Can you imagine feeling extreme tiredness (fatigue). You wake up in the morning feeling as if you have never been asleep, or everything you do throughout the day is done with effort.
Can you imagine one day you are sitting watching your favourite soap on TV and you go to stand up at the break to make a cup of tea but you can’t move. You can’t feel a leg or both, or you can’t feel an arm or both to lift yourself up from the sofa.
Can you imagine having to endure chronic pain, effecting part or all of your body. You attend the GP’s surgery and they do test after test to find the root cause, and try medication after medication to relieve the pain, but you still feel it.
Can you imagine how frightening it can be to have uncontrollable seizures. For example, your body thrashing around or you dissociate from your surroundings. Unable to control what your body is doing or shout out for someone to help you.
Can you imagine the embarrassment of mid-flow a conversation you just stop because you forget what is being talked about. Or you can’t remember what you did yesterday or what you are supposed to be doing tomorrow. Or even in severe cases lose a sense of where you are or who the people are around you for short periods of time.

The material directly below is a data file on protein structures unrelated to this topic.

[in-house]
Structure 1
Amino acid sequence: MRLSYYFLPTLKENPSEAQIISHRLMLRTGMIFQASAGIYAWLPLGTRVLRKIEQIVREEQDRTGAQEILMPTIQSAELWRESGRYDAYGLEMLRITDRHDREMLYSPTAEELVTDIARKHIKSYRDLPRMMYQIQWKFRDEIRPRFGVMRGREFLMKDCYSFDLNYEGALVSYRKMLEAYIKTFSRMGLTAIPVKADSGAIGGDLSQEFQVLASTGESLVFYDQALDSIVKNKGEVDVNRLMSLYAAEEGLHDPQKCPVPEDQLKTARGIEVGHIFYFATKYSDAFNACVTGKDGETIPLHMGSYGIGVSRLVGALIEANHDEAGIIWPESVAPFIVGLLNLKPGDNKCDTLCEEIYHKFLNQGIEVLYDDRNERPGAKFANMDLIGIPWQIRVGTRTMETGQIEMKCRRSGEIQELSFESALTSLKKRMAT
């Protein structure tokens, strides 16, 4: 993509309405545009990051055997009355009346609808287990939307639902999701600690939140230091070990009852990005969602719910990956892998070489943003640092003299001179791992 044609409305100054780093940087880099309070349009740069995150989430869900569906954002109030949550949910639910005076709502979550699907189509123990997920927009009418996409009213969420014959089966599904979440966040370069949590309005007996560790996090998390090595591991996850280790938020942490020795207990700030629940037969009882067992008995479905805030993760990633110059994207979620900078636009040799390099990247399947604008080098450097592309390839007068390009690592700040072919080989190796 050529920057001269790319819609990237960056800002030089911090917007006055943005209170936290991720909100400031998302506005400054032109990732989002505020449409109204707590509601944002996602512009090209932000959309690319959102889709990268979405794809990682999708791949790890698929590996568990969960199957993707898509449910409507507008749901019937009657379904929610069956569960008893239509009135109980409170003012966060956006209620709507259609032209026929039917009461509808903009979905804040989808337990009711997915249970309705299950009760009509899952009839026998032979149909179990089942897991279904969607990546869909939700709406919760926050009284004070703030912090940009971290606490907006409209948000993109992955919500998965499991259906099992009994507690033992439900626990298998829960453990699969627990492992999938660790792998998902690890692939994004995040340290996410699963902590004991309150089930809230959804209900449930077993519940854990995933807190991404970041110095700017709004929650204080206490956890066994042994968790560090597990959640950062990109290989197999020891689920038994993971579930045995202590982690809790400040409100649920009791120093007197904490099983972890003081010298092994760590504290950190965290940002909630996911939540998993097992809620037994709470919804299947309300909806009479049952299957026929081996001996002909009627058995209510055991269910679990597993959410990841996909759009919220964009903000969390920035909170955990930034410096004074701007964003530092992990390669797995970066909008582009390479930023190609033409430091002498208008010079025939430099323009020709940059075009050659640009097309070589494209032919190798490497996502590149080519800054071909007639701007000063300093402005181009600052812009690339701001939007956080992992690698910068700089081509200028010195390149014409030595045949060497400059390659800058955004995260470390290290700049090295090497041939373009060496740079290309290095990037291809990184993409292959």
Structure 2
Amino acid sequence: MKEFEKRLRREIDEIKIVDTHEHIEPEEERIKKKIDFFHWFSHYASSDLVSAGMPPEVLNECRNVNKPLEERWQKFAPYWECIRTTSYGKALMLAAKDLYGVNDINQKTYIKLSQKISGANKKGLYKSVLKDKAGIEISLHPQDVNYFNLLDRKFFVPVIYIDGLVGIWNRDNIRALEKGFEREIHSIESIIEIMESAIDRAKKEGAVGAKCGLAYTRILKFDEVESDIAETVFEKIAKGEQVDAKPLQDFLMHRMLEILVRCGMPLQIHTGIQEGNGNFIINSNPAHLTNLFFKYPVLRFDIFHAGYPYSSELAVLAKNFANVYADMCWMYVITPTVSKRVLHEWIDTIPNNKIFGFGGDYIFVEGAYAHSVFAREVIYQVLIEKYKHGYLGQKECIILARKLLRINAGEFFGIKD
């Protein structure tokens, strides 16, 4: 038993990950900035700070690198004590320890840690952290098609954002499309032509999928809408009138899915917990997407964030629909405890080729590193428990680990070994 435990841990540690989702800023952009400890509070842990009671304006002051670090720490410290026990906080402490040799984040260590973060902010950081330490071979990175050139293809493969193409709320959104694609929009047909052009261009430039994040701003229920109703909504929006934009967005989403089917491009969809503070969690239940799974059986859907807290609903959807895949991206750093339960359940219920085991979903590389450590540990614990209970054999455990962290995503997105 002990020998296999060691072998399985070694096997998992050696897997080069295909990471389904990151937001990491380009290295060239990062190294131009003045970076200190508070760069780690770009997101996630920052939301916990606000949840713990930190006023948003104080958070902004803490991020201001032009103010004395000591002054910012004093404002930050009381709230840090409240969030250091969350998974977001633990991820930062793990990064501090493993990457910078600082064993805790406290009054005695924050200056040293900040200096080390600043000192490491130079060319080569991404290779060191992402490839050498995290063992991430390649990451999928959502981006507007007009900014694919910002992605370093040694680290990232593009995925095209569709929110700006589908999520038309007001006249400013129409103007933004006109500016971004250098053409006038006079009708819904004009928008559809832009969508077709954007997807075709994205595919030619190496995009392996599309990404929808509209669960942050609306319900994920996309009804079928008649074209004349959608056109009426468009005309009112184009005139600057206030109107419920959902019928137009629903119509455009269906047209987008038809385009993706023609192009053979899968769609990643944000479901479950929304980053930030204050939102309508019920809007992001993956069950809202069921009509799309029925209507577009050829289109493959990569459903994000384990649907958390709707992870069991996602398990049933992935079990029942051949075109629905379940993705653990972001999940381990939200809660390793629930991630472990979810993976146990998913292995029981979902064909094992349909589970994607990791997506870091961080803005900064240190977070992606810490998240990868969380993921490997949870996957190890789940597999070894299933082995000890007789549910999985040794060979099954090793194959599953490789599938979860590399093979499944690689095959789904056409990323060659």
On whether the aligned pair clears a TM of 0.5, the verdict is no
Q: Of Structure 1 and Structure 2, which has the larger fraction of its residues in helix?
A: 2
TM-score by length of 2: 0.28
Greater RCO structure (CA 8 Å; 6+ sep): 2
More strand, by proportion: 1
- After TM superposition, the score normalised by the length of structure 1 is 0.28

Can you imagine feeling pain from a limb going in to spasm which you have no control over, or a part of your body cramping in to painful positions and just sticking there. Many positions you couldn’t do yourself even if you tried.
This is just a few scenarios which people with functional symptoms may have to contend with, be it every day, every week, every now and again, or even a few years apart if they have a relapse.
Can you imagine how difficult it is to explain any of the above to a partner, or family member, or friend, or doctor, or a nurse in the A&E department. Imagine the frustration when that person shows, or says, they don’t believe them, or you are made to feel like it’s purely due to your emotional stability at the time. Dismissed through ignorance and left not knowing where to go for support and help. This unfortunately is a common occurrence as it stands today.
You don’t get it until you get it and that’s why patient support groups are an invaluable resource. A place to be among people who do understand, who can support each other, and who can suggest ways to relieve symptoms.
You have to have been through it in order to understand it BUT you don’t have to have been through it to listen, learn about the condition, and show compassion.